It is still early days for me but I wanted to share my surgery experience. My surgery was on Monday 11 July and took 4 hours or so. I had a cyst growing on to my spine which the surgeon discovered must have been there for years. In addition my L4 L5 were fused together with screws and plates because they had been distorted into convex angle by the syst and the bones were osteoartritic.
The full gravity of all the details was lost on me because I was so busy at work and ,apart from this site, did not have time to do much research. With the huge demands of so many deadlines to achieve before I went into surgery I was ignorantly almost looking forward to being stretched out in hospital recovering for a few days.( My surgeon had told me it should require 3 to 4 days in hospital.)
Reality dictated a 7 night hospital stay - every moment of which was essential in the post surgery process. Hindsight may alter my perception but so far I would say this period was my Mount Everest: The simultaneous impact of the intensely invasive physical experience, as well as the terrifyingly uncontrollable effect of the plethora of analgesic cocktails reacting with my antidepressant Effexor, is something I am currently still coping with 11 days after surgery - and I can easily see know why an 8 week recovery time is suggested.
I am still battling with every moment, despite a wonderfully supportive group of family and friends; my husband took leave and has been supporting me every step, my friends provide us with homemade meals and meaningful visits. It is all this love and support as well as the excellent nursing care that determines your experience.
Thank you for giving mean opportunity to share.
We all learn so much from each other.
Lot ion

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Hi Bunnysnax
It is still early days for me but I wanted to share my surgery experience. My surgery was on Monday 11 July and took 4 hours or so. I had a cyst growing on to my spine which the surgeon discovered must have been there for years. In addition my L4 L5 were fused together with screws and plates because they had been distorted into convex angle by the syst and the bones were osteoartritic.
The full gravity of all the details was lost on me because I was so busy at work and ,apart from this site, did not have time to do much research. With the huge demands of so many deadlines to achieve before I went into surgery I was ignorantly almost looking forward to being stretched out in hospital recovering for a few days.( My surgeon had told me it should require 3 to 4 days in hospital.)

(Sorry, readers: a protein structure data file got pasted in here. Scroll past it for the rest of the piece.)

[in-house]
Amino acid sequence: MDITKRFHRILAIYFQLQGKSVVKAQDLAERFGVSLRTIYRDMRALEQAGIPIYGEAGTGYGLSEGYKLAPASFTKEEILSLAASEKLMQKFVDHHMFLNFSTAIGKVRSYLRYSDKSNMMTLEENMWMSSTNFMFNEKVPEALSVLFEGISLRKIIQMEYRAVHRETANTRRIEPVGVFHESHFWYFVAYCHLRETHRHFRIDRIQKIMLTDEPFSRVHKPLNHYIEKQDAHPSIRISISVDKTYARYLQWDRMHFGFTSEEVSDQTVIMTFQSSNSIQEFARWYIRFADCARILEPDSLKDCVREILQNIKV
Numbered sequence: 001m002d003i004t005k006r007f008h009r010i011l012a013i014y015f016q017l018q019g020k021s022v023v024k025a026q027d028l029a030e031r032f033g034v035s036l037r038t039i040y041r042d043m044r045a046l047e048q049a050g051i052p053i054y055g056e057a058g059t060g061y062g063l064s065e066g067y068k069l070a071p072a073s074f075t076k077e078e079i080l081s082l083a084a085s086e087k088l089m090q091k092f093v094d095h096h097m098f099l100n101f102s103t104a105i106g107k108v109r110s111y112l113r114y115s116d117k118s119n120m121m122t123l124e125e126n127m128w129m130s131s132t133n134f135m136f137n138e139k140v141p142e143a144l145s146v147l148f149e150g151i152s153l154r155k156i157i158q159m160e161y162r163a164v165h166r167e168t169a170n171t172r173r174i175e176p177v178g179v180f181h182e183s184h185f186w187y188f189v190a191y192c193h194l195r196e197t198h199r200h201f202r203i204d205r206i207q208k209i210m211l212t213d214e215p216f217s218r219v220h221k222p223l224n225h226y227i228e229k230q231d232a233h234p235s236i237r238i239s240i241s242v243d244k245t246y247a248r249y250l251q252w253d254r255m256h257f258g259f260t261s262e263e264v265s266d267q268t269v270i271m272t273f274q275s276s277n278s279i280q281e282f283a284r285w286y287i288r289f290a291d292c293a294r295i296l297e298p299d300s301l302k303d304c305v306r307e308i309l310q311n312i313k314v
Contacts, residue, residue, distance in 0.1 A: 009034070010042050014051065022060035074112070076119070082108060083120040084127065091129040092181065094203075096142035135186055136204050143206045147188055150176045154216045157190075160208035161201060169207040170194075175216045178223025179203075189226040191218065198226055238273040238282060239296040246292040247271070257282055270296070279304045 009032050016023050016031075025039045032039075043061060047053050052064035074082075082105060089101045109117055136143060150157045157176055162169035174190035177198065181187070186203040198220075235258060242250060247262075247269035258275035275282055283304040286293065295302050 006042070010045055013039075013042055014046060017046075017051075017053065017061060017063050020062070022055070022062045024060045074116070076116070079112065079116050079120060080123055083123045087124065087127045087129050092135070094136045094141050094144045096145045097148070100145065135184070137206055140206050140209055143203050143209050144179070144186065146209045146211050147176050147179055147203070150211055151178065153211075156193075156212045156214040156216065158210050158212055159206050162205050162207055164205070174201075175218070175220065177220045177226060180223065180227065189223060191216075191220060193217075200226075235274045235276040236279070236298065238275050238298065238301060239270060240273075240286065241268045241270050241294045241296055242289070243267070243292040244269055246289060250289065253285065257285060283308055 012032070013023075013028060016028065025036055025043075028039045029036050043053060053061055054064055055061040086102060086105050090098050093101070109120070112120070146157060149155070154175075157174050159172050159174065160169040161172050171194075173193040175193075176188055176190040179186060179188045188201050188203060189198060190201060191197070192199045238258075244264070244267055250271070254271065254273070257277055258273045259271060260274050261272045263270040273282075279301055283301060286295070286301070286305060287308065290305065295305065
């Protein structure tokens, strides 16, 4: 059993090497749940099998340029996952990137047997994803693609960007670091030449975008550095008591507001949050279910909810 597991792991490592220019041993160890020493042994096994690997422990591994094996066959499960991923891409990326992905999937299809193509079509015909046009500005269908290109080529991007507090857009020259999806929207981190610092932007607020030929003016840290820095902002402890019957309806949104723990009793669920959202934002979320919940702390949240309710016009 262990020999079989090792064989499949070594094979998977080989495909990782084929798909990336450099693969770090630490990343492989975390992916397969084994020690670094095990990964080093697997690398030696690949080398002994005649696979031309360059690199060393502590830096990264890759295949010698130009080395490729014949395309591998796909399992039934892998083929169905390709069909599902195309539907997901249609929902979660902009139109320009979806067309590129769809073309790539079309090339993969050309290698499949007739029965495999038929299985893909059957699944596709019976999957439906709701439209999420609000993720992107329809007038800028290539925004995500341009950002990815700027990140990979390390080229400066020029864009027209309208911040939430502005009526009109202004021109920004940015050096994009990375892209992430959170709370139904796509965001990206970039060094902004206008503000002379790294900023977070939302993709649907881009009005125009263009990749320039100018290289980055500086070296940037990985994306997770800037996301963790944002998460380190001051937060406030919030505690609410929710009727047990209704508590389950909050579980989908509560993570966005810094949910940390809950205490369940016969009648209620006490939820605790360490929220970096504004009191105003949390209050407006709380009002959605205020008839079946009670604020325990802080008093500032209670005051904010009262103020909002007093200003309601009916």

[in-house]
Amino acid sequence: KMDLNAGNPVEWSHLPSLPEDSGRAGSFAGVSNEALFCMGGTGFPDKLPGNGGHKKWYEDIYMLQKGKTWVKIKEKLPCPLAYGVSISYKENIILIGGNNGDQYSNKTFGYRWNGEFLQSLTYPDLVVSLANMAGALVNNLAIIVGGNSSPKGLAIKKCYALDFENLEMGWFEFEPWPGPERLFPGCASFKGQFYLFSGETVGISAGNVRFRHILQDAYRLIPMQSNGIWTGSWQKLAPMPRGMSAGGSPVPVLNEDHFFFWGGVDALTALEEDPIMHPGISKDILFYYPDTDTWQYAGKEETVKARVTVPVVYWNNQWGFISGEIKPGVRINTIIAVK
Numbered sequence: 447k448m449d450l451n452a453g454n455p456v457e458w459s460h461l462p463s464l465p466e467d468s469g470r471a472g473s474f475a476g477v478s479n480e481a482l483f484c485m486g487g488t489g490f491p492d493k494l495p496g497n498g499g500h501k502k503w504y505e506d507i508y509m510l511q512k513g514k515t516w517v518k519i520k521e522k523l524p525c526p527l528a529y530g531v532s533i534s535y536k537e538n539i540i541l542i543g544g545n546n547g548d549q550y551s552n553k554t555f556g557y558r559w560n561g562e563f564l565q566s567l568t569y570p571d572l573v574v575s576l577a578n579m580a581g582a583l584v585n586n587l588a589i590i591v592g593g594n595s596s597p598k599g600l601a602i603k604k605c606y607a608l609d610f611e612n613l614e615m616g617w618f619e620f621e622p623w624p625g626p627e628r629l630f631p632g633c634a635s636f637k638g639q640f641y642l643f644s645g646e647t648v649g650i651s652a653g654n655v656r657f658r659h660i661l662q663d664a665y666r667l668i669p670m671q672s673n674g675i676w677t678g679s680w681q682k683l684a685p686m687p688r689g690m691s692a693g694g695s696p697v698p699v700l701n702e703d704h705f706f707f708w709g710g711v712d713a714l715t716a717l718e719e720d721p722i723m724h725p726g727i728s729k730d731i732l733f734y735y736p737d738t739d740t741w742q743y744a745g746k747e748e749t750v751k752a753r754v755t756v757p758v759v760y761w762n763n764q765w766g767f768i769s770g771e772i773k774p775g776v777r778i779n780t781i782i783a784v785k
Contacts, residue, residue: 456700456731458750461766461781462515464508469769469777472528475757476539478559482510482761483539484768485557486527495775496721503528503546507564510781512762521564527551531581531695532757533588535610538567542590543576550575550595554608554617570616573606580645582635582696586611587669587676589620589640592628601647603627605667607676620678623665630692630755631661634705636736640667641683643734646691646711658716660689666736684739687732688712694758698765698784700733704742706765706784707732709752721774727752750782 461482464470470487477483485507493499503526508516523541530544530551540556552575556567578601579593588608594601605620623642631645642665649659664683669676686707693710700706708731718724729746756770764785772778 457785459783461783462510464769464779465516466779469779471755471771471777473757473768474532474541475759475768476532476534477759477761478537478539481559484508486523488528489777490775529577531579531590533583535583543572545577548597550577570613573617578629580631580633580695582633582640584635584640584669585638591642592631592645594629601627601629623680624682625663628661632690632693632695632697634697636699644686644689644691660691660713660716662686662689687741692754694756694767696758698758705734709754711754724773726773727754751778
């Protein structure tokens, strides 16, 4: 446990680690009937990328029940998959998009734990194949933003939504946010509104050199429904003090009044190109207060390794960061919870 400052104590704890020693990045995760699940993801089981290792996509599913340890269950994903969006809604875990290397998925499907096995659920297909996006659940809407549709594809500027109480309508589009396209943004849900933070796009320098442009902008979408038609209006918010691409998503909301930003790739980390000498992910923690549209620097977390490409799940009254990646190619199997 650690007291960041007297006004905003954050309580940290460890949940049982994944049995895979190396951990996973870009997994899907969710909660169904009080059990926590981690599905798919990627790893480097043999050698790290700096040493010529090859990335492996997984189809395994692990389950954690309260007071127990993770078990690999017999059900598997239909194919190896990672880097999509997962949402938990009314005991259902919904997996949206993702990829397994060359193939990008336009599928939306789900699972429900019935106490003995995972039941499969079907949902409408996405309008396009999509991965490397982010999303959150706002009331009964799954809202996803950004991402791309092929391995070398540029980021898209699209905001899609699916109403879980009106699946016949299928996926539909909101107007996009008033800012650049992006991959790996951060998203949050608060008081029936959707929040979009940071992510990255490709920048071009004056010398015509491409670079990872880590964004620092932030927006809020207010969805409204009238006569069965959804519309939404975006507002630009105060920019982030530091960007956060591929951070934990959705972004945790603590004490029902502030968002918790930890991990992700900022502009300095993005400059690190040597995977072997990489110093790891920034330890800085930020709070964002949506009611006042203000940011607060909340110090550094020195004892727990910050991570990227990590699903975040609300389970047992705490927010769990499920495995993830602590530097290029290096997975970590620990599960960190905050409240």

Reality dictated a 7 night hospital stay - every moment of which was essential in the post surgery process. Hindsight may alter my perception but so far I would say this period was my Mount Everest: The simultaneous impact of the intensely invasive physical experience, as well as the terrifyingly uncontrollable effect of the plethora of analgesic cocktails reacting with my antidepressant Effexor, is something I am currently still coping with 11 days after surgery - and I can easily see know why an 8 week recovery time is suggested.
I am still battling with every moment, despite a wonderfully supportive group of family and friends; my husband took leave and has been supporting me every step, my friends provide us with homemade meals and meaningful visits. It is all this love and support as well as the excellent nursing care that determines your experience.
Thank you for giving mean opportunity to share.
We all learn so much from each other.
Lot ion

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Hi Bunnysnax
It is still early days for me but I wanted to share my surgery experience. My surgery was on Monday 11 July and took 4 hours or so. I had a cyst growing on to my spine which the surgeon discovered must have been there for years. In addition my L4 L5 were fused together with screws and plates because they had been distorted into convex angle by the syst and the bones were osteoartritic.
The full gravity of all the details was lost on me because I was so busy at work and ,apart from this site, did not have time to do much research. With the huge demands of so many deadlines to achieve before I went into surgery I was ignorantly almost looking forward to being stretched out in hospital recovering for a few days.( My surgeon had told me it should require 3 to 4 days in hospital.)
Reality dictated a 7 night hospital stay - every moment of which was essential in the post surgery process. Hindsight may alter my perception but so far I would say this period was my Mount Everest: The simultaneous impact of the intensely invasive physical experience, as well as the terrifyingly uncontrollable effect of the plethora of analgesic cocktails reacting with my antidepressant Effexor, is something I am currently still coping with 11 days after surgery - and I can easily see know why an 8 week recovery time is suggested.
I am still battling with every moment, despite a wonderfully supportive group of family and friends; my husband took leave and has been supporting me every step, my friends provide us with homemade meals and meaningful visits. It is all this love and support as well as the excellent nursing care that determines your experience.
Thank you for giving mean opportunity to share.
We all learn so much from each other.
Lot ion